Washington, DC, Texas, Washington State and Indiana announced the latest lawsuit against Big Tech on Monday, alleging that Google misled users into collecting their location data even when they believed such tracking was disabled.
“Google falsely misled consumers into believing that changing their account and device settings would allow customers to protect their privacy and control what personal data the company could access,” the DC attorney general said. , Karl Racine. “The truth is that contrary to Google’s portrayals, it continues to systematically monitor customers and profit from customer data.”
Racine described Google’s privacy practices as “bold statements” that undermine consumer privacy. His office began investigating how Google handles user location data after an Associated Press report in 2018 found that many Google apps on iOS and Android were logging location data even when users had chosen apps. privacy options that explicitly said they wouldn’t. The AP coordinated with computer scientists at Princeton to verify its findings.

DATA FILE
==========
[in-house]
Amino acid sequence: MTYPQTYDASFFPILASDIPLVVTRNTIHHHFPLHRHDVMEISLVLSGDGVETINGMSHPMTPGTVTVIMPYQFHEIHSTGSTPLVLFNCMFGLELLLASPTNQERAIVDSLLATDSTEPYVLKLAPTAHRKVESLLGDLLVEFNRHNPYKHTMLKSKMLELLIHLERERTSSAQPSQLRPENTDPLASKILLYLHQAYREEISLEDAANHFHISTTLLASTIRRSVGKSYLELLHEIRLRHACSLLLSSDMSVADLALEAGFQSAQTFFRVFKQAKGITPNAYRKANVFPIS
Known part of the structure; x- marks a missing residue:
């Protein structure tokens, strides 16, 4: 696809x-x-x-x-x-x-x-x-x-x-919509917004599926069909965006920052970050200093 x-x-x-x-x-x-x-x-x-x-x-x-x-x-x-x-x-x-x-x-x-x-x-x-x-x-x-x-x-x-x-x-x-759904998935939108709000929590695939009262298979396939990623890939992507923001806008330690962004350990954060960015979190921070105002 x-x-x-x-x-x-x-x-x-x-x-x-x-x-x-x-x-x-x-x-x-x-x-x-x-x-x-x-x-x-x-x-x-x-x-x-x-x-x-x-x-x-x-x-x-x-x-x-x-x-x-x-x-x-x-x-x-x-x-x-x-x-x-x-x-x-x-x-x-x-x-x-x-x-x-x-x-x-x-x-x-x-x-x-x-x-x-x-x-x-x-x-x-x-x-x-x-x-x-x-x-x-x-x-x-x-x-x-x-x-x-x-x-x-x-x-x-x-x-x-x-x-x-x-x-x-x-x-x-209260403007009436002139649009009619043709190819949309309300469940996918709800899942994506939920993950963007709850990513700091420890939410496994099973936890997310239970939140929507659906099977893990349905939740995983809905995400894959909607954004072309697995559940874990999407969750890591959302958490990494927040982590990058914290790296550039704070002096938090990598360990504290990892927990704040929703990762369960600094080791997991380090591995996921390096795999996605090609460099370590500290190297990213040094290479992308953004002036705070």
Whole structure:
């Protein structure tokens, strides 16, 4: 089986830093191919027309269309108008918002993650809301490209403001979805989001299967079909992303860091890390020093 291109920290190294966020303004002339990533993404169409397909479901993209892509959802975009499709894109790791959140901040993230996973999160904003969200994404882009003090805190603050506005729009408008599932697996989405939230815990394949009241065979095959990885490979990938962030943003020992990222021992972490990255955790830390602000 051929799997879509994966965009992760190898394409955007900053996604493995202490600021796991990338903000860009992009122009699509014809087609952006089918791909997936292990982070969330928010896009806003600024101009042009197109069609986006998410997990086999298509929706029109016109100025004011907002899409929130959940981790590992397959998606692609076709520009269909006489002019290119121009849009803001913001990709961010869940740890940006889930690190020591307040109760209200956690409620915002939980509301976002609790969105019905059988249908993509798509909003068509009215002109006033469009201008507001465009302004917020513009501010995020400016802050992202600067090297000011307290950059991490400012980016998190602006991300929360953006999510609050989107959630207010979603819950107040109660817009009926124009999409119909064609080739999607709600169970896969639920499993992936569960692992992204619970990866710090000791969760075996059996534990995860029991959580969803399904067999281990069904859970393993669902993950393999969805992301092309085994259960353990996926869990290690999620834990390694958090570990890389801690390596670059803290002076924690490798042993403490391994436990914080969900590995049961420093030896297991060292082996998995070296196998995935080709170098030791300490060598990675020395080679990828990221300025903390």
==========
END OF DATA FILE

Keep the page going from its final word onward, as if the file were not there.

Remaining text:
“Google’s support page on the subject states: ‘You can turn off Location History at any time. With Location History turned off, the places you go are no longer stored,” the AP reported. “That’s not true. Even with Location History paused, some Google apps automatically store timestamped location data without asking.
The lawsuit argues that Google created a location tracking system that users cannot opt out of and misled users about how privacy settings could protect their data in apps and across of the device on Android. He also accuses Google of relying on a deceptive dark pattern design to force users to make choices against their own interests.
These practices may have violated state laws protecting consumers. In Washington, DC, the Consumer Protection Procedures Act (CPPA) prohibits “a wide variety of deceptive and unreasonable business practices” and is enforced by the Attorney General.
Racine’s office is pursuing an injunction against Google and is seeking to force the company to pay out profits it has made from user data collected by misleading consumers about their privacy.